2. Start gluing layers together, make sure everything lines up properly. I had the bolt holes around the edges to help with lining everything up. I used contact adhesive (apply to both sides let it dry etc.)

The top layer and design for the bottom of the sole were the most difficult to glue. Put glue on all the pieces you want to come off but leave the surrounding area so that it can be pulled off once the glue is dry. My design had some fairly small pieces that had to be repaired and in one instance replaced with clay as can be seen in the photo. The whole design can thus be made in clay if you want.

3. Once all your different sections are glued together you can start the finer finishing off of the mold. I used modelling clay to smooth out the steps formed by the board. Also to round off sharp corners on the randing.

My modelling clay didn't dry overnight and I didn't have time to wait any longer so I just carried on with it still wet. It didn't seem to matter much.

4. Read the instructions on your sealant and seal the mold wherever it will make contact with the rubber. The insole board is very porous and even multiple coats of sealant didn't seal it completely.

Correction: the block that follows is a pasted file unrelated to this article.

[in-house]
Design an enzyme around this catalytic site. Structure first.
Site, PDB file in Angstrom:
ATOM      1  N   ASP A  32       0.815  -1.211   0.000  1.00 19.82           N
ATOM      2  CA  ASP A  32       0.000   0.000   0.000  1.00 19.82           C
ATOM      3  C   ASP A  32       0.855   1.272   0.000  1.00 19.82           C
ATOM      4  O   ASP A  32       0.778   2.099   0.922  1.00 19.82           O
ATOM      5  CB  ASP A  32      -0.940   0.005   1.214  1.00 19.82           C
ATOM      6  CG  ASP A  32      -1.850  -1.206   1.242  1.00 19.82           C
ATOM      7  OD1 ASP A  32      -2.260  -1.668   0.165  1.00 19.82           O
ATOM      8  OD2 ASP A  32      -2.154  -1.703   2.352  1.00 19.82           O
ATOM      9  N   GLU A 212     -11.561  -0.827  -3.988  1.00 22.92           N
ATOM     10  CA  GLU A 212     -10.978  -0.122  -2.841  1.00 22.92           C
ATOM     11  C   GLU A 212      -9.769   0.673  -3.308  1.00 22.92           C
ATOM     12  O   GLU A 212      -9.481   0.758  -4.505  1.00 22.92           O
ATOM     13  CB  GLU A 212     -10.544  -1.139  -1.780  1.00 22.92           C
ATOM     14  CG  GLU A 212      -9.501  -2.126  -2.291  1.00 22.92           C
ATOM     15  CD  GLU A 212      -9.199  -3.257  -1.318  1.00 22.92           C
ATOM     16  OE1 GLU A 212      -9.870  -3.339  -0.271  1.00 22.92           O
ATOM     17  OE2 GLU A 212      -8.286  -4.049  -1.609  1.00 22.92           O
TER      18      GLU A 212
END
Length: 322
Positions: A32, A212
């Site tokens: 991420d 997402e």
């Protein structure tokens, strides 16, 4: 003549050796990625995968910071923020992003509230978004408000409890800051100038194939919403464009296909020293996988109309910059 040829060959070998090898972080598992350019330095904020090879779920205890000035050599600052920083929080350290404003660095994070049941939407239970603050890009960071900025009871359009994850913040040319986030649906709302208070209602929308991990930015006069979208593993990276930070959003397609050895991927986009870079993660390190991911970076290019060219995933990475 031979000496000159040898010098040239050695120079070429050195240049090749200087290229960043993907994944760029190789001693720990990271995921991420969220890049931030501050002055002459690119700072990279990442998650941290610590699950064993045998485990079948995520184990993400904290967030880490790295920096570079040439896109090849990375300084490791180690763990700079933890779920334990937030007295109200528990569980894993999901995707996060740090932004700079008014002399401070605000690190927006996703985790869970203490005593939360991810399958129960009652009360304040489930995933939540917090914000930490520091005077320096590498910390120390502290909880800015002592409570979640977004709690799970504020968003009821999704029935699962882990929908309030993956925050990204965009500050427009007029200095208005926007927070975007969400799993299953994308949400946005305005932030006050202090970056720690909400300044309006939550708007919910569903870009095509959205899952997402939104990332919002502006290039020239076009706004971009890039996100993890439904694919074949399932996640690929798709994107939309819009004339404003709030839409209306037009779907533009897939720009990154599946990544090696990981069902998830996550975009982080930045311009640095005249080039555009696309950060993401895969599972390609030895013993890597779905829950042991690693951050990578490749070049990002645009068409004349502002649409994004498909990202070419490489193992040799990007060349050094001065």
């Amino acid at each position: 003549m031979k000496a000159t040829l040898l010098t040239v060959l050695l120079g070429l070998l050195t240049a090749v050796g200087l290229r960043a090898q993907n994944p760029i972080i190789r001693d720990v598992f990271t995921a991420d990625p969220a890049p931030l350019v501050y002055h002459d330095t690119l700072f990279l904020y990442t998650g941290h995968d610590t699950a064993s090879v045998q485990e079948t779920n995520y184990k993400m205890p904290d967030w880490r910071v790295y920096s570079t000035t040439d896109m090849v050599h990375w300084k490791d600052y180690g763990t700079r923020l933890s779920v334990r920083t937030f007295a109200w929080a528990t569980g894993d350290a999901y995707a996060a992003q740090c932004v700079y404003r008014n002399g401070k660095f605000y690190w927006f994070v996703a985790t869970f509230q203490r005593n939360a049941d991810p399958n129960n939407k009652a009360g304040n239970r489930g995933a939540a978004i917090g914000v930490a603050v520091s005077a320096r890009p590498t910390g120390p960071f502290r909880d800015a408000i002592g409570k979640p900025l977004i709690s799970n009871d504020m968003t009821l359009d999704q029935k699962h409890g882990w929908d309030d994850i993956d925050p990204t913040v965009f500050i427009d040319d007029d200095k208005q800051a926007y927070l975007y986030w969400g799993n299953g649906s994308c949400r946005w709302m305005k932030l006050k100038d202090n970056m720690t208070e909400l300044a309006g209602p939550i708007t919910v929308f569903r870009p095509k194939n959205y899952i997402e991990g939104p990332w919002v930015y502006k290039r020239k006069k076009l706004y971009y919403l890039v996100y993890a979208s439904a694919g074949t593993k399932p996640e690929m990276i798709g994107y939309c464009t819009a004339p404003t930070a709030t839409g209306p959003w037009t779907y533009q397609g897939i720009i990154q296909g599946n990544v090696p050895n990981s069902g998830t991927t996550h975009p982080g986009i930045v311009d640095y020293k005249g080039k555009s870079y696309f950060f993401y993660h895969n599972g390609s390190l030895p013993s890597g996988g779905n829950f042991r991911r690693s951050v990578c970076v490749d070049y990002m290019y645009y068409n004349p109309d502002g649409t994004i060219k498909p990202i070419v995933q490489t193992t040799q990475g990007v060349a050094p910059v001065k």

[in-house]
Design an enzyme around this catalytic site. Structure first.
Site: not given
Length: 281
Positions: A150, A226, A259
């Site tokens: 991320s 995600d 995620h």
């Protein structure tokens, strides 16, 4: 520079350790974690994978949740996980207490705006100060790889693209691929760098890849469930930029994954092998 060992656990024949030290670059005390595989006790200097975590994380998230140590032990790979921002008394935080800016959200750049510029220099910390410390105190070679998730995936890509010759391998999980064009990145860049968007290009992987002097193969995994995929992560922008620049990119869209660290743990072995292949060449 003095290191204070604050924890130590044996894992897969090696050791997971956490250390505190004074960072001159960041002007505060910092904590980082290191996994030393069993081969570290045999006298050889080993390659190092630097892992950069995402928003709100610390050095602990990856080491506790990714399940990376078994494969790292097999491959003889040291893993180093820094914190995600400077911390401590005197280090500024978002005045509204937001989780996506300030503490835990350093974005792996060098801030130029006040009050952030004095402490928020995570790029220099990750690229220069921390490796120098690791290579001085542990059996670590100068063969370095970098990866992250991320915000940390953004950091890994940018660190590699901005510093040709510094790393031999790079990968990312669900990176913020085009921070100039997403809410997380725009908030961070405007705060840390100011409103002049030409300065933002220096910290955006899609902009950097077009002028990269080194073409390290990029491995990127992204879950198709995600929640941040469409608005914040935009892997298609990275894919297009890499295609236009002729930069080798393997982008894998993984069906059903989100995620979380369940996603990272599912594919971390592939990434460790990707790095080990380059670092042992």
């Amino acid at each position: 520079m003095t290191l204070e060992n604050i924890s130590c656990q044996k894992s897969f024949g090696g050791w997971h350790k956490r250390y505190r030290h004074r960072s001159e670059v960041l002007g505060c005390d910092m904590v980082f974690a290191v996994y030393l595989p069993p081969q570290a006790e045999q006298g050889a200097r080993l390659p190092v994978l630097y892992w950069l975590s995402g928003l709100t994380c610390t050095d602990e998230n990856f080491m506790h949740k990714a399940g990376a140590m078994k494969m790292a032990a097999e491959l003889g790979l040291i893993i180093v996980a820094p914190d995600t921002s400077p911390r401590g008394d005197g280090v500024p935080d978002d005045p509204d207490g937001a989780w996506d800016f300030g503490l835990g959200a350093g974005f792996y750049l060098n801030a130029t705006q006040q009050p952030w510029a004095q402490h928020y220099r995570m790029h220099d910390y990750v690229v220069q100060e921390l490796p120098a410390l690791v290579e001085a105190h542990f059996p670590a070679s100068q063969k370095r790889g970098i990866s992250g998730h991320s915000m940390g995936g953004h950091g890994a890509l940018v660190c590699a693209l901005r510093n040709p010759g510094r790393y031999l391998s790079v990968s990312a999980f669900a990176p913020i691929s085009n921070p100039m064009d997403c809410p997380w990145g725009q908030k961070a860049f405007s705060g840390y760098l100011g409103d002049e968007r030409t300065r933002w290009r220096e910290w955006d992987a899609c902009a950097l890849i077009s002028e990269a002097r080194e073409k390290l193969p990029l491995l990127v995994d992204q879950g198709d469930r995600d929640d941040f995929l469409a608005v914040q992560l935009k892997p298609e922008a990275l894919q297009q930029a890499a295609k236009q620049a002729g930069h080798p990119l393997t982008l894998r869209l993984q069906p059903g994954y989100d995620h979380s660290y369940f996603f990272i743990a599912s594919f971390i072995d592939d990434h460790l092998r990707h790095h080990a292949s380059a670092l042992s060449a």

The last step is to apply a releasing agent but this is done right before the mold is used.

Step 5: Casting

Follow the instructions of your particular rubber

1. Get everything you need ready and close at hand. If you can get someone to help, do it.

2. Spray the mold with the releasing agent and put it together. Because the mold has an overhang I had to spray it first to get a good coat everywhere.

3. Measure out your rubber and mix it well (follow instructions on bottle), you have about 30 mins but it becomes difficult to pour before then, so don't waste time.

Over filling is better than not pouring enough, any extra bits can be cut off easily.

5. Let the rubber dry and extract your fantastic new soles... hopefully.

Note: I took too long to pour the rubber through the small holes I had made. This meant that by the time I got to the second shoe it was too viscous to flow into all the cavities and my one sole was a disaster.

I had to repair the mold and cast one sole again. Luckily the mold was not too hard to repair and the second sole came out well.

You should now have a nice pair of soles